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Billinghurst v. Tryon

United States District Court, W.D. New York

April 12, 2017

JEVON LARRY RICHARD BILLINGHURST, A 055 214 776, Petitioner,
v.
TODD L. TRYON, ICE Assistant Field Officer, [1] Respondent.

          For Petitioner: Jevon Larry Richard Billinghurst, pro se

          For Respondent: Gail Y. Mitchell, Esq.

          DECISION AND ORDER

          CHARLES J. SIRAGUSA UNITED STATES DISTRICT JUDGE.

         Petitioner, a lawful permanent resident of the United States, seeks a writ of habeas corpus pursuant to 28 U.S.C. § 2241 releasing him from immigration detention pending removal to Saint Vincent and Grenadines.[2] He has been in custody since September 12, 2014, and was ordered removed on February 5, 2015. On December 16, 2016, the Second Circuit stayed Petitioner's constitutional challenge to the removal order pending the Supreme Court's decision in Dimaya v. Lynch, 803 F.3d 1110 (9th Cir. 2015), cert. granted, No. 15-1498, 137 S.Ct. 31 (Sept. 29, 2016). Billinghurst v. Lynch, No. 15-1985 (2d Cir. Dec. 16, 2016). The stay is in place until at least thirty days following the decision in Di-maya.[3]

         Respondent argues that Petitioner's detention by the United States Department of Homeland Security, Immigration and Customs Enforcement (“DHS”) is permitted pursuant to the Immigration and Nationality Act § 236 (8 U.S.C. § 1226), [4] and because the Second Circuit has stayed his challenge, the removal period is extended pursuant to INA § 241 (8 U.S.C. § 1231), which reads in pertinent part as follows:

Except as otherwise provided in this section, when an alien is ordered removed, the Attorney General shall remove the alien from the United States within a period of 90 days (in this section referred to as the “removal peri-od”)….
(ii) If the removal order is judicially reviewed and if a court orders a stay of the removal of the alien, the date of the court's final order.

         8 U.S.C. § 1231(a)(1)(A) and (B)(ii) (2006). Petitioner challenges his detention as unreasonable, citing in support the Third Circuit decision in Patel v. Zemski, 273 F.3d 299 (3d Cir. 2001). However, that decision was abrogated by the U.S. Supreme Court's decision in Demore v. Kim, 538 U.S. 510, 516 (2003). In Demore, the Supreme Court wrote that, “[s]ection 1226(c) mandates detention during removal proceedings for a limited class of deportable aliens-including those convicted of an aggravated felony. Congress adopted this provision against a backdrop of wholesale failure by the INS to deal with increasing rates of criminal activity by aliens.… Detention during removal proceedings is a constitutionally permissible part of that process.” Demore, 538 U.S. at 517-18 & 531.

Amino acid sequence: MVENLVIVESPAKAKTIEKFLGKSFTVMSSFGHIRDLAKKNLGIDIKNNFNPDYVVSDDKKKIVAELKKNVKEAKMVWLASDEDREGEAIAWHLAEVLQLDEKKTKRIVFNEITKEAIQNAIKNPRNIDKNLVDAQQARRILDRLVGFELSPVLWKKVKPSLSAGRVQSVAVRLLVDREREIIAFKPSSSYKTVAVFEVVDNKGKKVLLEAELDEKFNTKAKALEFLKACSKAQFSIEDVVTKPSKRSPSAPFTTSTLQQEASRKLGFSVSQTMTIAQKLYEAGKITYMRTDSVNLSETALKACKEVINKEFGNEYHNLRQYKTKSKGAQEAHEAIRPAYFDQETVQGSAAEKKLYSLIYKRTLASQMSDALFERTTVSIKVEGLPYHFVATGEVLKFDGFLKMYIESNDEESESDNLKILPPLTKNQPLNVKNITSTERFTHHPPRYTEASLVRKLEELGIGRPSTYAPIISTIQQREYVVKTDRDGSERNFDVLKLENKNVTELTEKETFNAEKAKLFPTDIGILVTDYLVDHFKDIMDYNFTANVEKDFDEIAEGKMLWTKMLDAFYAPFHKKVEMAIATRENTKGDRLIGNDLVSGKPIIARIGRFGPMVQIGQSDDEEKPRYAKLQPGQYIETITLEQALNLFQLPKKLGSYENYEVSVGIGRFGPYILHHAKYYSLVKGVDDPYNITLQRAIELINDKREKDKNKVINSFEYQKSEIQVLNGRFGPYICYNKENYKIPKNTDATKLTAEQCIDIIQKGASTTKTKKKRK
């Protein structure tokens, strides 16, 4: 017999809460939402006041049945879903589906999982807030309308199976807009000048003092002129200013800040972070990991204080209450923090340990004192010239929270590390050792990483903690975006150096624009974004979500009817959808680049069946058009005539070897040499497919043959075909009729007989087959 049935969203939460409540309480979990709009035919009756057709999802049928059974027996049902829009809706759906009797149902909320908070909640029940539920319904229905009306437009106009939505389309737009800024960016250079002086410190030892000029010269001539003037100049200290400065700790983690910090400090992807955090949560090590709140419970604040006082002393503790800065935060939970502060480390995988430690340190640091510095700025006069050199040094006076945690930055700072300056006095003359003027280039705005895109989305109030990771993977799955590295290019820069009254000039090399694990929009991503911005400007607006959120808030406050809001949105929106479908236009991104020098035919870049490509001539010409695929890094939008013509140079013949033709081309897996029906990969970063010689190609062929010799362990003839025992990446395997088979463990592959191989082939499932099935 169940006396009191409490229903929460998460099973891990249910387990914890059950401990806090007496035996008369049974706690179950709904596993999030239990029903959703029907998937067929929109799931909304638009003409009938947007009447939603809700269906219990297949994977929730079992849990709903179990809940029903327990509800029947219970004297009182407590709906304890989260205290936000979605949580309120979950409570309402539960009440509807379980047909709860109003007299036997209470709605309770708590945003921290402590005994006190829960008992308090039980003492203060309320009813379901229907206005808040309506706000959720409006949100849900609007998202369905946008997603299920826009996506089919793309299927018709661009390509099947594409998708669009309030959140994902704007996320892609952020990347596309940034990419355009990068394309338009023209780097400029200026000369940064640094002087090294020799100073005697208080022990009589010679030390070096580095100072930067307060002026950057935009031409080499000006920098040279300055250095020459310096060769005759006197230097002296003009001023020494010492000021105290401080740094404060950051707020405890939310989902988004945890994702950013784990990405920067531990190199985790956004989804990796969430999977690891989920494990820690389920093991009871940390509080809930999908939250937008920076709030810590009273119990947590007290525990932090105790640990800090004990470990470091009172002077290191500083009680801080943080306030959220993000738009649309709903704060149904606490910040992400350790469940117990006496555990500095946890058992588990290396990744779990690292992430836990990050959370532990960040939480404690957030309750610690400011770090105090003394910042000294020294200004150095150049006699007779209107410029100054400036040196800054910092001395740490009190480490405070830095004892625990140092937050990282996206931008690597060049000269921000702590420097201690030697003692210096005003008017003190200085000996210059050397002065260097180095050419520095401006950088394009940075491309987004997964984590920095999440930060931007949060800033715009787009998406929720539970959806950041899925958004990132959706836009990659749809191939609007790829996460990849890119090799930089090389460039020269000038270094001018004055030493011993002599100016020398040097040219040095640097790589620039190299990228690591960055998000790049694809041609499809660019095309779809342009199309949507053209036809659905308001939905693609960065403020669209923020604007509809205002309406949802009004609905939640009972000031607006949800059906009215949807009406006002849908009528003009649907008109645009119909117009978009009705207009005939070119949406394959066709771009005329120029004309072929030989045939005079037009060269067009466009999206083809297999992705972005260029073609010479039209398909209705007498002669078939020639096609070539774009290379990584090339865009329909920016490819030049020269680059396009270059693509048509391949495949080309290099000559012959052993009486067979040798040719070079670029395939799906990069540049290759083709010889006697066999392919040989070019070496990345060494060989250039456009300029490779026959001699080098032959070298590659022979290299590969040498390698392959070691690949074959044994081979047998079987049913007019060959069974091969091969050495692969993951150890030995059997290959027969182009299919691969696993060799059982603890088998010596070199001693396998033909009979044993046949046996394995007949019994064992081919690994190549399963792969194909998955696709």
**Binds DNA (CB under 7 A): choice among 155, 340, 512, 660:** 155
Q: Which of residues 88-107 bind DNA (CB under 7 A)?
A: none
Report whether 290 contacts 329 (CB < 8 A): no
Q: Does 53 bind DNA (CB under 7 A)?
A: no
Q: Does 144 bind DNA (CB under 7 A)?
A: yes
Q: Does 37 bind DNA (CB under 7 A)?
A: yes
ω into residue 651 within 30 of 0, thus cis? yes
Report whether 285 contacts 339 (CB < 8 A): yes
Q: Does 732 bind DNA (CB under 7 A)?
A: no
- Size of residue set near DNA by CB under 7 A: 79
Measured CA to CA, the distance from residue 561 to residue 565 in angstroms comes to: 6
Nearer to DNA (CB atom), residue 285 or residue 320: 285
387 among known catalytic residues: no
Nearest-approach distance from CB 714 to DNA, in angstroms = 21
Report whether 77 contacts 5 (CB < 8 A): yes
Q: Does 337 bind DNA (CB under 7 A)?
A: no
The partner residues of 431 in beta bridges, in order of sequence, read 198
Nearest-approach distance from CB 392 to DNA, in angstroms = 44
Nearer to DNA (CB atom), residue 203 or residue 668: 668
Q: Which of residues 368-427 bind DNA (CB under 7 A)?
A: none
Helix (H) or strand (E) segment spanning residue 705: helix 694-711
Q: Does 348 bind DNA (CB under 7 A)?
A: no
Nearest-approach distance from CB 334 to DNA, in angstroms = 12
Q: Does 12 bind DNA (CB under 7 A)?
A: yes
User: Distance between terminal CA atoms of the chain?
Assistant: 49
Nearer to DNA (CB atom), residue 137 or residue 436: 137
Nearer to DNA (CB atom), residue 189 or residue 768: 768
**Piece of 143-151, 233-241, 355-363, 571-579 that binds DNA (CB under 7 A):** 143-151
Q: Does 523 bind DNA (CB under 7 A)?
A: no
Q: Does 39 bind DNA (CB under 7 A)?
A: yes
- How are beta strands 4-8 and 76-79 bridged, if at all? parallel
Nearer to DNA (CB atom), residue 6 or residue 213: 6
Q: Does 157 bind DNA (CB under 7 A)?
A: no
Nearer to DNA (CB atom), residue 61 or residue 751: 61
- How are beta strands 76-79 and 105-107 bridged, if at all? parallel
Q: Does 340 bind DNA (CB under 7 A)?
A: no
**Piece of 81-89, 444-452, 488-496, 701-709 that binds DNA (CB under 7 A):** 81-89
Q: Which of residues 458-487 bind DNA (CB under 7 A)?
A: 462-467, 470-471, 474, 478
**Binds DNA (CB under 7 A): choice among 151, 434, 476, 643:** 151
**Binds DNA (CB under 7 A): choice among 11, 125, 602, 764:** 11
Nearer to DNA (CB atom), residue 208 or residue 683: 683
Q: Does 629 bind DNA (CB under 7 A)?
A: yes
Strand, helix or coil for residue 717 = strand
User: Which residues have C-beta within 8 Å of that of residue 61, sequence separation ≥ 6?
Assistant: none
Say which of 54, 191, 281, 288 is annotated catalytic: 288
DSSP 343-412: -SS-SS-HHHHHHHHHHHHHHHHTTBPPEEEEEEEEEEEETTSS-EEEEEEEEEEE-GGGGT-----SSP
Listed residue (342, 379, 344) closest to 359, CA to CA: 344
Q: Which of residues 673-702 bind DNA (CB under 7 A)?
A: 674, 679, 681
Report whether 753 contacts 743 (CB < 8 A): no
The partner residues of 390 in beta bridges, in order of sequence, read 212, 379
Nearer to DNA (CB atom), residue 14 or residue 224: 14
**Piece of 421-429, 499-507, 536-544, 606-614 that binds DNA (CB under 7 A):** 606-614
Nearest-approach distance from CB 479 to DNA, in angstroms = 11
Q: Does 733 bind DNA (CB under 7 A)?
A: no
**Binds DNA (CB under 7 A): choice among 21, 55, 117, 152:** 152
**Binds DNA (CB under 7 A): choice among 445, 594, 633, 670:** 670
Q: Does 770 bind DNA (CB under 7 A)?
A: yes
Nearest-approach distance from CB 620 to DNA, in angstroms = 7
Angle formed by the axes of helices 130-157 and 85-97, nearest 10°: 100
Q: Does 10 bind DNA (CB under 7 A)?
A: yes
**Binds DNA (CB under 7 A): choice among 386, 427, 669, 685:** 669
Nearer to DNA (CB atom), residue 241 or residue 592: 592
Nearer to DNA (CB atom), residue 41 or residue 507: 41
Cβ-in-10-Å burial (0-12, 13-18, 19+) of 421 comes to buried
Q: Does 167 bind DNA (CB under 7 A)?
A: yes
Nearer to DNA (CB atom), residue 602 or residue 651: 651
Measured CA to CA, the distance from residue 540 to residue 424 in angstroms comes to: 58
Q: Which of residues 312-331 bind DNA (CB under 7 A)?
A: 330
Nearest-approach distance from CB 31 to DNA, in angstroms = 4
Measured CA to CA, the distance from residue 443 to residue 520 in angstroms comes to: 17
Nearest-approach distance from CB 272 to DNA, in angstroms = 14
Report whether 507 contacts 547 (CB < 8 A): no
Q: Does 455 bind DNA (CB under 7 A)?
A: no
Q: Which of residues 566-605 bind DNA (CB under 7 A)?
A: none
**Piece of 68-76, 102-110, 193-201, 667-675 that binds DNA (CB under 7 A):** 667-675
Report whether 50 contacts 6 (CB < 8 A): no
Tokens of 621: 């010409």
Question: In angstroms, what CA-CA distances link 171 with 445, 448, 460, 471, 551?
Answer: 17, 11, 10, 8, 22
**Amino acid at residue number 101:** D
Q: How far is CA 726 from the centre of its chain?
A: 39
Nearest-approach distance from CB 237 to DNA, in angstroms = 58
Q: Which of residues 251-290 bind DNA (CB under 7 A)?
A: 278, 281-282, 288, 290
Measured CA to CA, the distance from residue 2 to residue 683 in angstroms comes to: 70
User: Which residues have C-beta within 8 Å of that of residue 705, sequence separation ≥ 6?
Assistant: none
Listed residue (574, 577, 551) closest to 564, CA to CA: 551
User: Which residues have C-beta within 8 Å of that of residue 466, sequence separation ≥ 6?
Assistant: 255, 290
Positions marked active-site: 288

Petitioner also cites Zadvydas v. Davis, 533 U.S. 678 (2001), however that case is distinguishable. In Zadvydas, the alien detained was one for whom removal was “no longer practically attainable.” Id. at 690. Here, by contrast, if the Second Circuit issues a decision upholding Petitioner's removal, then the 90-day period for obtaining a travel permit will commence. Moreover, Petitioner's detention is pursuant to § 1226 (detention pending decision to remove), not, as was the case in Zadvydas, § 1231 (detention when ordered removed). Therefore, the Court finds no reason to issue the writ.

         Petitioner also challenges the basis for his removal. This Court is without jurisdiction to address the merits of the removal decision. Jurisdiction for that challenge lies exclusively with the Second Circuit. Hurley v. Immigration & Customs Enf't, No. CIVA 07-608, 2007 WL 1068478, at *1 (W.D. La. Apr. 4, 2007) (“Pursuant to 8 U.S.C. § 1252(f)(2) and 1252(g), as amended by the REAL ID Act of 2005, which governs judicial review of orders of removal, a district court lacks jurisdiction to prevent the execution of removal orders.”). See also, 8 U.S.C. § 1252(a)(2)(C) (“no court shall have jurisdiction to review any final order of removal against an alien who is removable by reason of having committed” certain enumerated criminal offenses).

         Petitioner also asks for an Order preventing DHS from moving him to another detention facility (he is currently housed in Batavia, New York). Congress has given the Attorney General discretion to choose “appropriate places of detention for aliens detained pending removal or a decision on removal.” 8 U.S.C. § 1231(g)(1). “[A] district court has no jurisdiction to restrain the Attorney General's power to transfer aliens to appropriate facilities….” Tuong Huan Van Dinh v. Reno, 197 F.3d 427, 433 (10th Cir. 1999). This Court will not enjoin the Attorney General from exercising the discretion available to him pursuant to § 1231. See 8 U.S.C. § 1252(a)(2)(B)(ii) (section “provides that no court has jurisdiction to review any decision or action the Attorney General has discretion to make ‘under this subchapter'” which includes § 1231.).

         Accordingly, it is hereby

         ORDERED, that the petition seeking a writ of habeas corpus is denied; and it is further

         ORDERED, that Petitioner's request for an Order preventing the Attorney General from moving him to another location during ...


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